Scientists have created part-human, part-pig embryos in an effort to grow human organs inside pigs, according to the BBC.
The researchers at the University of California, Davis believe the hybrid embryos could provide them with a method of growing human organs in the absence of organ donors.
The researchers took pig embryos and removed the portion of DNA that would allow them to grow a pancreas. They replaced those cells with the human cells necessary to grow a pancreas. They will allow the human-pig embryos to develop in sows for 28 days before they terminate the pregnancies and remove the resulting tissue for analysis.
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The scientists told the BBC that the embryos — if carried to term — would “look and behave like normal pigs” except that their pancreas would be comprised of human cells.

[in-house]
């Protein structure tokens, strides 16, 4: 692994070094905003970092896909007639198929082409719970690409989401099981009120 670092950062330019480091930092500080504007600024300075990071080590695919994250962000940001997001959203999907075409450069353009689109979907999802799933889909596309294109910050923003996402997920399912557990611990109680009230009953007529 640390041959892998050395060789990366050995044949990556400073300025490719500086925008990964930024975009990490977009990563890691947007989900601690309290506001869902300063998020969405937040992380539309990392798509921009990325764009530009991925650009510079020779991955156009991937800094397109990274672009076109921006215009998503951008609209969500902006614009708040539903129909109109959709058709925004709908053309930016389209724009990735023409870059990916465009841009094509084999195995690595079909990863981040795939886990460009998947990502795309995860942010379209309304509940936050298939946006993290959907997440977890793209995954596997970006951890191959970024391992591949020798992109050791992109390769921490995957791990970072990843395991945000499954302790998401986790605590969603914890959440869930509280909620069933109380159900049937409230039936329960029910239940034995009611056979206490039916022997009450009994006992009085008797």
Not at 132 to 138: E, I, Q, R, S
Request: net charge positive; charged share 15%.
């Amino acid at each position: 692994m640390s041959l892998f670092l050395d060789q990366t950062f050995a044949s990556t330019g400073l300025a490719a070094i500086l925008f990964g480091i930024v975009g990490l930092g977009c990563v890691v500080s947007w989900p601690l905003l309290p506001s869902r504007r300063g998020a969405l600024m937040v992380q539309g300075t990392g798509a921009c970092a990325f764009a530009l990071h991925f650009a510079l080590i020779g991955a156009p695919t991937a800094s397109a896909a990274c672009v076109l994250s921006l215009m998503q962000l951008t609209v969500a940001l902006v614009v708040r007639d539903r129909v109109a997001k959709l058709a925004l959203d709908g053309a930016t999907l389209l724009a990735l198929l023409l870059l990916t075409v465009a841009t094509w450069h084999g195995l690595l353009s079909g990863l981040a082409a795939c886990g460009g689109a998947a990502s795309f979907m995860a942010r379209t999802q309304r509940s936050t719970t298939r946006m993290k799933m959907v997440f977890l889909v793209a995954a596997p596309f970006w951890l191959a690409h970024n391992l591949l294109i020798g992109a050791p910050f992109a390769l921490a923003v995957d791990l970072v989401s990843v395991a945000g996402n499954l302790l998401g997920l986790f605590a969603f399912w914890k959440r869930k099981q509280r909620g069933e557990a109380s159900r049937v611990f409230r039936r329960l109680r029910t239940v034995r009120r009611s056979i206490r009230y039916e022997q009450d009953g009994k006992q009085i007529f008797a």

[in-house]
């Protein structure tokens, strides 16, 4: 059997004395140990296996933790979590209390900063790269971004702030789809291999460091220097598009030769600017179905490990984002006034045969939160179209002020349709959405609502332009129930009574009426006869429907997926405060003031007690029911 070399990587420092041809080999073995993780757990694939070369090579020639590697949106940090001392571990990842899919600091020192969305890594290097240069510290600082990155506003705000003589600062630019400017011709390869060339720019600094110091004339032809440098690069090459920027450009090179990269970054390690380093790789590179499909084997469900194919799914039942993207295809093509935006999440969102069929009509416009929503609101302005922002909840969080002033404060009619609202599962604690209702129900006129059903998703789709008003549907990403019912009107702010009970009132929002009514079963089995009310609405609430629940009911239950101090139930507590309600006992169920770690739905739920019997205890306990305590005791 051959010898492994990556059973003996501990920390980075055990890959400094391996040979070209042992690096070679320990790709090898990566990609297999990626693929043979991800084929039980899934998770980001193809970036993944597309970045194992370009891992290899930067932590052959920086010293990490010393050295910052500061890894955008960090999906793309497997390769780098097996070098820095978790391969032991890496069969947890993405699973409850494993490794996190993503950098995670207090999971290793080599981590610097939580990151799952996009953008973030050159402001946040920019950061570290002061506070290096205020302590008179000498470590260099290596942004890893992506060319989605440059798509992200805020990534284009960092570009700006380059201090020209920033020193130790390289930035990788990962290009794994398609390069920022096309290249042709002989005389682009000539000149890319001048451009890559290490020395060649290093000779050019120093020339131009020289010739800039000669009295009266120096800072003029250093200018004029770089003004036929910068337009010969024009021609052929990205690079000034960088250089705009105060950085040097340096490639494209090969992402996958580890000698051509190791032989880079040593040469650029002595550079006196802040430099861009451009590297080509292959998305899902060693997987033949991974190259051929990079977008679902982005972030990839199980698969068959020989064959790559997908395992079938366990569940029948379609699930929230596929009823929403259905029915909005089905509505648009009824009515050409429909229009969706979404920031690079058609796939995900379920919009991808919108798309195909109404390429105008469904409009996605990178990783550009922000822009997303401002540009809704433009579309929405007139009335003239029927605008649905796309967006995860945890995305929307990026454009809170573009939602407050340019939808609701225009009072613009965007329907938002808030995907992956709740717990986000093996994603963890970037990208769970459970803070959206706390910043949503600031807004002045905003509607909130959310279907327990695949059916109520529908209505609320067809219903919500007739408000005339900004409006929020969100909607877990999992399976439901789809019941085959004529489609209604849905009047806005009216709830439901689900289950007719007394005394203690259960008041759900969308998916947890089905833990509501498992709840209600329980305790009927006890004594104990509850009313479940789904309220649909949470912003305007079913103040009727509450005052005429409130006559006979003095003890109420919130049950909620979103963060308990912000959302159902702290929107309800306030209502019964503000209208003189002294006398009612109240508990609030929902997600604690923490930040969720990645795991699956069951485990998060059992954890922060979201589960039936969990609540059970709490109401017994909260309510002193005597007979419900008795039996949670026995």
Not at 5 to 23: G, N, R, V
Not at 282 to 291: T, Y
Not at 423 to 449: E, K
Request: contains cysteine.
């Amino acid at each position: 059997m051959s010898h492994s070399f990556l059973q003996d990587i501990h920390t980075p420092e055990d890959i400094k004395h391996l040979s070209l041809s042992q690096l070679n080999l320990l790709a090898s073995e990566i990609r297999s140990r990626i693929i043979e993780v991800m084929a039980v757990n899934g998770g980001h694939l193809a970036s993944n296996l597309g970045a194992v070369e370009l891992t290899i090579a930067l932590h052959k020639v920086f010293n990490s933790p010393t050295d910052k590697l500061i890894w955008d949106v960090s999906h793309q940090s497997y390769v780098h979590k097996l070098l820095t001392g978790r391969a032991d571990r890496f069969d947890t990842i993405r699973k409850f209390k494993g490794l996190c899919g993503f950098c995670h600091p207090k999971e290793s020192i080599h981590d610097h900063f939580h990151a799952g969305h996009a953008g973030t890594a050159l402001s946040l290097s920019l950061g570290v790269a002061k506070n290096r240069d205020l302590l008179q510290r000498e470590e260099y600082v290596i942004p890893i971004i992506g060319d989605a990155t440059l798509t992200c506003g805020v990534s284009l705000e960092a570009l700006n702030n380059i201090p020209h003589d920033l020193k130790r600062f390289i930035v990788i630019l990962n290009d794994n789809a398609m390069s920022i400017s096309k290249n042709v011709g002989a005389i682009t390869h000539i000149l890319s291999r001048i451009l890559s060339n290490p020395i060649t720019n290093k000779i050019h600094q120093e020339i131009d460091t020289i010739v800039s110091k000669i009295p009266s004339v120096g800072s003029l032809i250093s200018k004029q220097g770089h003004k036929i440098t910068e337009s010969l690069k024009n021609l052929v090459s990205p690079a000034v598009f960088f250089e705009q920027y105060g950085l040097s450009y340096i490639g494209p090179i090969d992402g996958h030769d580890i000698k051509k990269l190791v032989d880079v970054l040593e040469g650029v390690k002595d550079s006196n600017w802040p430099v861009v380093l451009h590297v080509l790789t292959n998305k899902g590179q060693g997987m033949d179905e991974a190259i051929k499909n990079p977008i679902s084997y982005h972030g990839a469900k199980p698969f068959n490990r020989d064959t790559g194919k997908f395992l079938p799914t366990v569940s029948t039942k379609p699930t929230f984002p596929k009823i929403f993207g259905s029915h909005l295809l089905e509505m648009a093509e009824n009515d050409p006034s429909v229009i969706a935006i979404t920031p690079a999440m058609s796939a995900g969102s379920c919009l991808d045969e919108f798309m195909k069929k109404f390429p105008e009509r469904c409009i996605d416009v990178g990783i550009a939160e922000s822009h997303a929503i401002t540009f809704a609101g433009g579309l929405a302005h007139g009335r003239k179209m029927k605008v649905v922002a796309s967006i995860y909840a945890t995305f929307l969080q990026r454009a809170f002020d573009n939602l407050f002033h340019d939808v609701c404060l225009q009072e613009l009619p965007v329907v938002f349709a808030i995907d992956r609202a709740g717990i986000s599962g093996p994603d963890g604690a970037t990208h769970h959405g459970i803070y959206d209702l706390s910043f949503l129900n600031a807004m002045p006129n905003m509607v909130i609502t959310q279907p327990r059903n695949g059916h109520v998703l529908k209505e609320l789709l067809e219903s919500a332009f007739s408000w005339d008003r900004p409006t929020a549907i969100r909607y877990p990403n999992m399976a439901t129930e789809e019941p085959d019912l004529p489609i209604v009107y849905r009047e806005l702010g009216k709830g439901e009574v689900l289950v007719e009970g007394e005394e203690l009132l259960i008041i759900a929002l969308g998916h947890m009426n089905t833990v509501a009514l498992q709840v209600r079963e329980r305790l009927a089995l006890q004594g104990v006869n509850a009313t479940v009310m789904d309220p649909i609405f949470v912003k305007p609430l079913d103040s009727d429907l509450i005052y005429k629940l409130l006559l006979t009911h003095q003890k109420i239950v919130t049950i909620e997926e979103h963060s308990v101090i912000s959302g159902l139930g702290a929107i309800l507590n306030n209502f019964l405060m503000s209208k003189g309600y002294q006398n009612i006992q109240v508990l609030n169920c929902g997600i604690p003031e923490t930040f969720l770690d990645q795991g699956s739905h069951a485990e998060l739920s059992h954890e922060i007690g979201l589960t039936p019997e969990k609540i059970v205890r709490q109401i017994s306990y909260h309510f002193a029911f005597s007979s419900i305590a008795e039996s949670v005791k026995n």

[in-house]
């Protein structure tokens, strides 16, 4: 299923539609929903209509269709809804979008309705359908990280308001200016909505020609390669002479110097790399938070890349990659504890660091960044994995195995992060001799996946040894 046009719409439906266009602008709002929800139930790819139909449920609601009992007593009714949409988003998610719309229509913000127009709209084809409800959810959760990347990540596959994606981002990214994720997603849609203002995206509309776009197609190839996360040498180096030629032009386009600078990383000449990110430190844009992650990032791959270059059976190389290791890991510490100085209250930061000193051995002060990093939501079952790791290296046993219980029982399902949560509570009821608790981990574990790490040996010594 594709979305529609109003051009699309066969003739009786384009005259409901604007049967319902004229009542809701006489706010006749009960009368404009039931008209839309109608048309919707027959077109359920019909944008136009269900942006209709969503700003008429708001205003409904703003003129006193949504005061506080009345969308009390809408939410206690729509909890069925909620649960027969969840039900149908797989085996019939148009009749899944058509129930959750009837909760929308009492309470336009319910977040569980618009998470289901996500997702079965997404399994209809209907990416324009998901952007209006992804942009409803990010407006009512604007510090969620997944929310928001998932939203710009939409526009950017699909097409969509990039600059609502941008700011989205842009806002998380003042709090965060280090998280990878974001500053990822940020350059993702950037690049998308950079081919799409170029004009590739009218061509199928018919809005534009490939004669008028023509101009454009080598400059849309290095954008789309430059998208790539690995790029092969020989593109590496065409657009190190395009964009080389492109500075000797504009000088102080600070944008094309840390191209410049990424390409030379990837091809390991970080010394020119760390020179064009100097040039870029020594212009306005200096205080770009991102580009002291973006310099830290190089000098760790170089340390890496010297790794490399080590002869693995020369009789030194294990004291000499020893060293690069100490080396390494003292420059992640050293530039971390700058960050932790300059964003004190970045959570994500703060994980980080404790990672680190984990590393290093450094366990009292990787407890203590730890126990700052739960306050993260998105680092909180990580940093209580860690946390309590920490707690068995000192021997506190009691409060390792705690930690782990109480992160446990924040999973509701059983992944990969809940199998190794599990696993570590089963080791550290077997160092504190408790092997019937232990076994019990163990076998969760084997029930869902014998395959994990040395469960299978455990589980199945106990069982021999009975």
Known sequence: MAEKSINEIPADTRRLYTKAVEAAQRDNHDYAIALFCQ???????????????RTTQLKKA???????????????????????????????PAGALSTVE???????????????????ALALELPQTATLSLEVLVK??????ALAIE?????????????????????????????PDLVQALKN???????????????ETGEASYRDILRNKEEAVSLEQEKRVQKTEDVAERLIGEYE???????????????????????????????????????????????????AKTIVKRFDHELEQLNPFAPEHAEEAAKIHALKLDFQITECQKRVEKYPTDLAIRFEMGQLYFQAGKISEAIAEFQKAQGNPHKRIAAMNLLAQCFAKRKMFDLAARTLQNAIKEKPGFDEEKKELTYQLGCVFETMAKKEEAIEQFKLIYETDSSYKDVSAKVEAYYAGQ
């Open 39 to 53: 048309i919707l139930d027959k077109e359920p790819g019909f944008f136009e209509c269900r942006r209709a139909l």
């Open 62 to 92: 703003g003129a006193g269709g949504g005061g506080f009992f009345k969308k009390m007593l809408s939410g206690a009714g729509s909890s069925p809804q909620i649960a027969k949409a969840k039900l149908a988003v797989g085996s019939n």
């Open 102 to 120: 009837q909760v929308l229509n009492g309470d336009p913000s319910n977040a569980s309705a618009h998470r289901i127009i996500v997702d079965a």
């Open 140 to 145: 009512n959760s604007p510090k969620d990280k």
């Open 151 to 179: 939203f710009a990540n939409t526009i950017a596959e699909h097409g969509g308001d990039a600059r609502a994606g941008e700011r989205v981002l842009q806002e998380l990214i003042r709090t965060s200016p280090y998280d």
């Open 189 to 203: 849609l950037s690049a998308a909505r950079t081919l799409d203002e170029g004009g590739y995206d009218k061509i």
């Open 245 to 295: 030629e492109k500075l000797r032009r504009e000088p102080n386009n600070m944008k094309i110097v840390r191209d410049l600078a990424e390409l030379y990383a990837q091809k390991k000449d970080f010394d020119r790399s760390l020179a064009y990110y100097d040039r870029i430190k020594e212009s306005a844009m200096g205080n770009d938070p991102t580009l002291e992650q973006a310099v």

Pablo Ross, a reproductive biologist leading the project, told the BBC, "Our hope is that this pig embryo will develop normally but the pancreas will be made almost exclusively out of human cells and could be compatible with a patient for transplantation."
The embryos are referred to as chimeras, after the monster in Greek mythology that was a combination of a lion, goat and dragon.
Such research is a source of concern to some who believe there could be serious practical and ethical ramifications if humans and animals are combined. The National Institutes of Health has issued a moratorium on funding for these projects.
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